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Last week I presented a behind-the-scenes look at the strategy for Acoustic Frontiers going into the rest of 2011 and 2012. One of the things I promised was an opinion article each month that provided insight into what we think is going on in the world of high end audio and home theater. The first article is going to look at the value for money equation in acoustic design consulting. You can get a summary by just reading the first section. If you want to understand more about the thought process that went into the diagram continue on...
Since I have been offering acoustic design consulting I have come to the conclusion that there are three different levels available to the end consumer. Each level offers a certain quality and cost level. By quality I am referring to how good the room sounds at the end of whatever design process is undertaken.
I've summarized this relationship in the chart that follows.
You will see by following the red line (the 'value curve') that a good level of quality is realized at quite low cost from the acoustic treatment companies. As the curve enters the second level, where the new-breed of acoustical designers operate a small cost increase leads to a significant increase in quality. At the top you enter the realm of the specialist design companies. There are still quality gains to be had but they come at significant cost.
The first level on the quality vs. price curve is what you get when you utilize the "design" services of an acoustic treatment company. Acoustic Sciences Corporation (ASC), RealTraps and GIK Acoustics all offer "design" services. I say design in inverted commas because their version of acoustic design isn't what I would call acoustic design. It doesn't include diagnostic or verification measurements which I view as critical to creating a design that solves the problems of each particular room.
It is important to understand the economic imperatives at work in this level:
The factors influencing quality at this level are:
At the third level you have companies who have traditionally specialized in very high end home theaters. They are design companies first and foremost. You get people who are certified CEDIA instructors (Tony Grimani from PMI) and companies that are pushing the state-of-the-art in acoustic design. Keith Yates Design Group (KYDG) have come up with ways to model the low frequency reproduction in a room using computational fluid dynamics (CFD) that is extremely accurate - apparently down to 1dB or so.
Their deliverable is a set of very detailed CAD drawings showing you where every nut and bolt goes in the construction of you new room. The construction is then completed by a third party using these blueprints.
One of the other aspects these companies focus on is noise isolation - that is how much noise gets into the room and how much gets out. Achieving high noise isolation requires complex (and costly) construction techniques.
At this level the only factors influencing quality are how deep you wallet is. Designs start at $20k and up! If you have the money, and you want the best of the best, these are the guys to go for.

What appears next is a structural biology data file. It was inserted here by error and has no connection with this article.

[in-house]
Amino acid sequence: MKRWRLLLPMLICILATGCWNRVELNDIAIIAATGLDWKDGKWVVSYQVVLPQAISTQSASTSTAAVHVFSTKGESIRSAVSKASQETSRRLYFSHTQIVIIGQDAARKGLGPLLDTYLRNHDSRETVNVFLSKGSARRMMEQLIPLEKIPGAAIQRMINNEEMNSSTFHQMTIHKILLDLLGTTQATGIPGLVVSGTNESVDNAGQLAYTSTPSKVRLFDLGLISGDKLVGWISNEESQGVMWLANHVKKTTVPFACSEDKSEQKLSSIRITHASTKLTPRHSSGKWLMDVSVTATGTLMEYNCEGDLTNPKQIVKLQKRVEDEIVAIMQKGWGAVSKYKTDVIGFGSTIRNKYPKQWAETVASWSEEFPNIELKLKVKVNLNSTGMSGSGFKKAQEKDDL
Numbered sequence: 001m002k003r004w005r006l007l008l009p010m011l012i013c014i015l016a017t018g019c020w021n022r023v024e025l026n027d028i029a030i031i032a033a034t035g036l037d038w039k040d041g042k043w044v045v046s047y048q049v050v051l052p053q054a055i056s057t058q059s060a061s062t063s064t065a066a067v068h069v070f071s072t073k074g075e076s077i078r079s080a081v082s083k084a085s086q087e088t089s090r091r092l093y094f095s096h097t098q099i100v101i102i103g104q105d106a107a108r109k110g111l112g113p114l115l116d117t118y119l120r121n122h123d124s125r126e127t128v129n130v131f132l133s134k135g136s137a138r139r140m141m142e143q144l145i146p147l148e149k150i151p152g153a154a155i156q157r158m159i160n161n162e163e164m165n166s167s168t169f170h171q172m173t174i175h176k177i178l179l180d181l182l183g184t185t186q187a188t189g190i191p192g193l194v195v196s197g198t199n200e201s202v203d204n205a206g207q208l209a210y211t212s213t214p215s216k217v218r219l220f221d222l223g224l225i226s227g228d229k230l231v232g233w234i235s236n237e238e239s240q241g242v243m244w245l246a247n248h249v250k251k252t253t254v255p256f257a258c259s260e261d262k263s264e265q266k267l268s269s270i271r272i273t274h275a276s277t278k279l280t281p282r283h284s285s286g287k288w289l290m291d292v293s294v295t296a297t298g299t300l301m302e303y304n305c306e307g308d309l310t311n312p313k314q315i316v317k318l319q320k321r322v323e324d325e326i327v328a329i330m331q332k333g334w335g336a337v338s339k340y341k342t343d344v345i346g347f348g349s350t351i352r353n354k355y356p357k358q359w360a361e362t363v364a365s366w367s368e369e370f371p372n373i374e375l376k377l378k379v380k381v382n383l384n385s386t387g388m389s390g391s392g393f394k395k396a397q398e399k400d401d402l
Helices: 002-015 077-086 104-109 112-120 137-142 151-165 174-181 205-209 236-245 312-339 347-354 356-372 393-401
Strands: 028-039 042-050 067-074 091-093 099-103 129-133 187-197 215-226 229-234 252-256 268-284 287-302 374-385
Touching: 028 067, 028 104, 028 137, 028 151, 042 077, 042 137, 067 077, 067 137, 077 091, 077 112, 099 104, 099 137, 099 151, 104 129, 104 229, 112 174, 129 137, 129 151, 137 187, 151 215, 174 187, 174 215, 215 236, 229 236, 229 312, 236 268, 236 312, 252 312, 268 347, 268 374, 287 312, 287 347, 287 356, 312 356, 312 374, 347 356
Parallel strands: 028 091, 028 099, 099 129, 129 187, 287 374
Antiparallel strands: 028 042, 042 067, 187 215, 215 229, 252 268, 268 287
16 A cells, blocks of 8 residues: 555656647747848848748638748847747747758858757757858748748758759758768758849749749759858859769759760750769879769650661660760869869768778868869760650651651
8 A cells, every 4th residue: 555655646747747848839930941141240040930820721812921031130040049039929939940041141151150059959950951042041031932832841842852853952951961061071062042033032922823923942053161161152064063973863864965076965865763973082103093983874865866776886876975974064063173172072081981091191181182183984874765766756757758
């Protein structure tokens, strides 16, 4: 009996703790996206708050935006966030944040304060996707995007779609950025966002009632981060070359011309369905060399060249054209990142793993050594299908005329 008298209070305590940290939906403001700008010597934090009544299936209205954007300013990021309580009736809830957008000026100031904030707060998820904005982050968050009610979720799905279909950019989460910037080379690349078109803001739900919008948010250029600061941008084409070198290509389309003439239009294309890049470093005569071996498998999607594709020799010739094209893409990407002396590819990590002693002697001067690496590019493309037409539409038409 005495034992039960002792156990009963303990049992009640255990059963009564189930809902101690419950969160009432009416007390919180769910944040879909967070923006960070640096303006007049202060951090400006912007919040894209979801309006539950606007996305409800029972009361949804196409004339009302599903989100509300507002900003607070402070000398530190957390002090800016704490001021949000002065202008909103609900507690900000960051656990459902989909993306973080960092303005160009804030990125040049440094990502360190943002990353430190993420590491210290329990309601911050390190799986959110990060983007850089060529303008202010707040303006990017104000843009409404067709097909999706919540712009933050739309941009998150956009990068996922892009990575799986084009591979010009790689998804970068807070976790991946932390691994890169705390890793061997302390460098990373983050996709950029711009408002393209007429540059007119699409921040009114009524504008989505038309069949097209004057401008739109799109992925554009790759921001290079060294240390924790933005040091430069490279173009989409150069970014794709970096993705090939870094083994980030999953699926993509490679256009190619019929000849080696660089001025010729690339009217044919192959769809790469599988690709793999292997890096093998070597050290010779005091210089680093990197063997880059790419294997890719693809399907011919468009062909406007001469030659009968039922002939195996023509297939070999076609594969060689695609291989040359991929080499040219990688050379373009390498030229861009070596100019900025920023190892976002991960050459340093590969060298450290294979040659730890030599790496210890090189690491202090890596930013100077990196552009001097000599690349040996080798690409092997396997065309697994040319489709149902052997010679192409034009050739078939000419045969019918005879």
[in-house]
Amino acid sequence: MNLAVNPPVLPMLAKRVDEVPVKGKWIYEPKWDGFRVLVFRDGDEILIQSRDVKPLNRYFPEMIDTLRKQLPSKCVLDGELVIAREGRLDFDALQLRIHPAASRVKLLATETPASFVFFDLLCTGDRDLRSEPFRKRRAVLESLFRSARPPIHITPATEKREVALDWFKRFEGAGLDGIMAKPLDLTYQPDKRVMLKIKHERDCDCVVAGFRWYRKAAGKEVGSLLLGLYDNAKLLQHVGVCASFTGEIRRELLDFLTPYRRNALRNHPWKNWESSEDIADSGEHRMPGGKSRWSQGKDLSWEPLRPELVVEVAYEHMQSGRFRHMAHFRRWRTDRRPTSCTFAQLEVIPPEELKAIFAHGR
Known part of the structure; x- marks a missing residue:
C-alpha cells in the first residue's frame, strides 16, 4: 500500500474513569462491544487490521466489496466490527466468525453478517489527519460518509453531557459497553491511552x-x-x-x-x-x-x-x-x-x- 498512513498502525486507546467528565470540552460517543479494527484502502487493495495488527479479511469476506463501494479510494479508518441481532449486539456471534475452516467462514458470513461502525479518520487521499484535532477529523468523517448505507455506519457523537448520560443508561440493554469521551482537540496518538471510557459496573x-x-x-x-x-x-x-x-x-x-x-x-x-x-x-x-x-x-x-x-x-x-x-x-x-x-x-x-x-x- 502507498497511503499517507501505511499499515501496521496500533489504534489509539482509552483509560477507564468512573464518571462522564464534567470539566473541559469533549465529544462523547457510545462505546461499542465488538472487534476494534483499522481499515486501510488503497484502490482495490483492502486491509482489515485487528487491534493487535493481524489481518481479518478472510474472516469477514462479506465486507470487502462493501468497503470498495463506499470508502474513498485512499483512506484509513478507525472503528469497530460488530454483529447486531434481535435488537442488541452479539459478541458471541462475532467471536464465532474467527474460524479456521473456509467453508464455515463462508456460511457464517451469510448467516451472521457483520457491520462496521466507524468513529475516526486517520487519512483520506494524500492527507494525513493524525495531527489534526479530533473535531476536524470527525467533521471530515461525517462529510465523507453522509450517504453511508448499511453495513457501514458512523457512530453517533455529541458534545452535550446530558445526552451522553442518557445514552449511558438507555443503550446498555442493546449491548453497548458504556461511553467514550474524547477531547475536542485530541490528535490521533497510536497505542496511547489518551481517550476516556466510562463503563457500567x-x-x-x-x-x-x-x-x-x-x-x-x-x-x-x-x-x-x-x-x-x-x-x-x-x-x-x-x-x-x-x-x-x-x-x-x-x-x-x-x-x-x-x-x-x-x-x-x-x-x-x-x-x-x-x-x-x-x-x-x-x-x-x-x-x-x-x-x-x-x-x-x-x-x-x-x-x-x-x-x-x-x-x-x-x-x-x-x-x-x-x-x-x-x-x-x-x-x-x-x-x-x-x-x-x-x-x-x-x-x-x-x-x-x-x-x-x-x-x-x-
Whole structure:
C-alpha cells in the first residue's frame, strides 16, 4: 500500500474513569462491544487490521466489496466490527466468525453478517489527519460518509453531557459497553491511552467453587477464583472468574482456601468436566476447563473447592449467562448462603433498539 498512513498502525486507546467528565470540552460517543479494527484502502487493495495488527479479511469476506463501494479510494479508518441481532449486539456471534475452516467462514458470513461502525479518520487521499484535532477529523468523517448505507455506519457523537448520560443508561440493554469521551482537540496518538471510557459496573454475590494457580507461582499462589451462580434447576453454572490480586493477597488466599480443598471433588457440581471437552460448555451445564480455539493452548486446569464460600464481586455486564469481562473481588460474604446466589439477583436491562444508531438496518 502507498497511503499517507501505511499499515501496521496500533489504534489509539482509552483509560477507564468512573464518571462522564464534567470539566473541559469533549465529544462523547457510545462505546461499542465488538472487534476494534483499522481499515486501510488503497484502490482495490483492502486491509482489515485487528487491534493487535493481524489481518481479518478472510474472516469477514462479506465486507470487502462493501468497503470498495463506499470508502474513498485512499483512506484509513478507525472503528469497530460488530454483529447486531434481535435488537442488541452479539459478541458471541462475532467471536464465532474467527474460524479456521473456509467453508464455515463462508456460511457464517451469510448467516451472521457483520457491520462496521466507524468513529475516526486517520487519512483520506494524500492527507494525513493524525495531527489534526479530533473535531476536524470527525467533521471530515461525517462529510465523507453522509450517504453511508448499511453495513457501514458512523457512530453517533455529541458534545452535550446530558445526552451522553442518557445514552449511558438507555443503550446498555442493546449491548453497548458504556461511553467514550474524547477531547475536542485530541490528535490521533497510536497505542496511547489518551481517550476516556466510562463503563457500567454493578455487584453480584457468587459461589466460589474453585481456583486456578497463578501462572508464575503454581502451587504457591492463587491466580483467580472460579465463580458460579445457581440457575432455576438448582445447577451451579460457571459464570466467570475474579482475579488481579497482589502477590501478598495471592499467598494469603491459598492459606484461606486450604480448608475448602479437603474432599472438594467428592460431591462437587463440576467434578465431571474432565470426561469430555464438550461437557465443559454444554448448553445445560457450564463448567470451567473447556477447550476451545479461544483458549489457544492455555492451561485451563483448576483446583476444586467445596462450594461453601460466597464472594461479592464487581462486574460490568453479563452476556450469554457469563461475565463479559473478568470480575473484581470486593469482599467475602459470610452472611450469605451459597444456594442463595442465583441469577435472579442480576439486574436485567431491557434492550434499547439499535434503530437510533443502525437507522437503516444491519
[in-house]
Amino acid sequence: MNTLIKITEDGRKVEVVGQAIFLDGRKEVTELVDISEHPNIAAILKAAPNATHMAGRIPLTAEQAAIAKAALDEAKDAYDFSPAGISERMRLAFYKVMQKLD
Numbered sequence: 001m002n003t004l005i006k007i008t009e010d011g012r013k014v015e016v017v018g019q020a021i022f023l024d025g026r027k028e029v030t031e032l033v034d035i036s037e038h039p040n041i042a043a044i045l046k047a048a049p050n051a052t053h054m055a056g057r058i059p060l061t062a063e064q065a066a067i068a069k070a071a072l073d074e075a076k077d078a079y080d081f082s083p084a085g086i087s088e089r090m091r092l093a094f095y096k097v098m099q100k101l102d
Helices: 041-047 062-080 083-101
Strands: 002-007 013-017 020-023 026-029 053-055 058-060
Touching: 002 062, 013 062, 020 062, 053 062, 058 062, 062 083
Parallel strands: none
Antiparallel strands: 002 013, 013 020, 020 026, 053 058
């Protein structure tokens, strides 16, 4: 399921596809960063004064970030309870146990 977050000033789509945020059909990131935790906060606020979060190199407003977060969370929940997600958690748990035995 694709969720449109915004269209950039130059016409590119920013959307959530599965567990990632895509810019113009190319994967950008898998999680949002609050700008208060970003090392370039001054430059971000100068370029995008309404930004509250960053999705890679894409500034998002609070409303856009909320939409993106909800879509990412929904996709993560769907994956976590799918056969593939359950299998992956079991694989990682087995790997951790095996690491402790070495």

As a result you don't tend to see their work in 'enthusiast' circles. Most 'enthusiasts' don't have the money required for a KYDG or PMI room. For the rest of us we need to find another option, something between the design companies and the acoustic treatment companies...
Starting at $1,500 or so (10x less than the specialist design companies) you can get an in-depth acoustical design for your high end home theater or listening room. My own company, Acoustic Frontiers, and HdAcoustics operate in this space. I am sure there are others out there too.
The key differentiators from acoustic treatment companies are our:
In terms of our service offerings we can offer many of the more advanced analyses that specialist design companies produce such as the ability to simulate frequency response at different points in the room, compensate for the radiation pattern of different speakers such as dipoles and design custom bass traps.
Generally we focus less on noise isolation and documentation. A lot of our work is with retrofit installations where these elements are much less relevant - in an existing room most enthusiasts do not want to start tearing walls down and many are just interested in applying surface based acoustical treatment rather than custom building things into the fabric of the room.
Shortly after starting Acoustic Frontiers in 2009 I received these words from a client. His words sum up what these types of companies up nicely:
"I did not have any luck finding a consultant to work with during the design phase. I was basically trying to give someone an opportunity to design a good room from the grounds up, but at the same time not breaking my piggy bank. Companies that I talked to were either at one end of a spectrum where they just want to tell me what after-market acoustic products I should stick into my room post-construction, or at the other end where they want to charge me at least $50k to design a professional studio." Frank C, San Francisco Bay Area.
The three main types of companies providing services to end customers each have something different to offer:
Readers - what do you think of the value for money equation in acoustic design?
Nyal Mellor, Founder, Acoustic Frontiers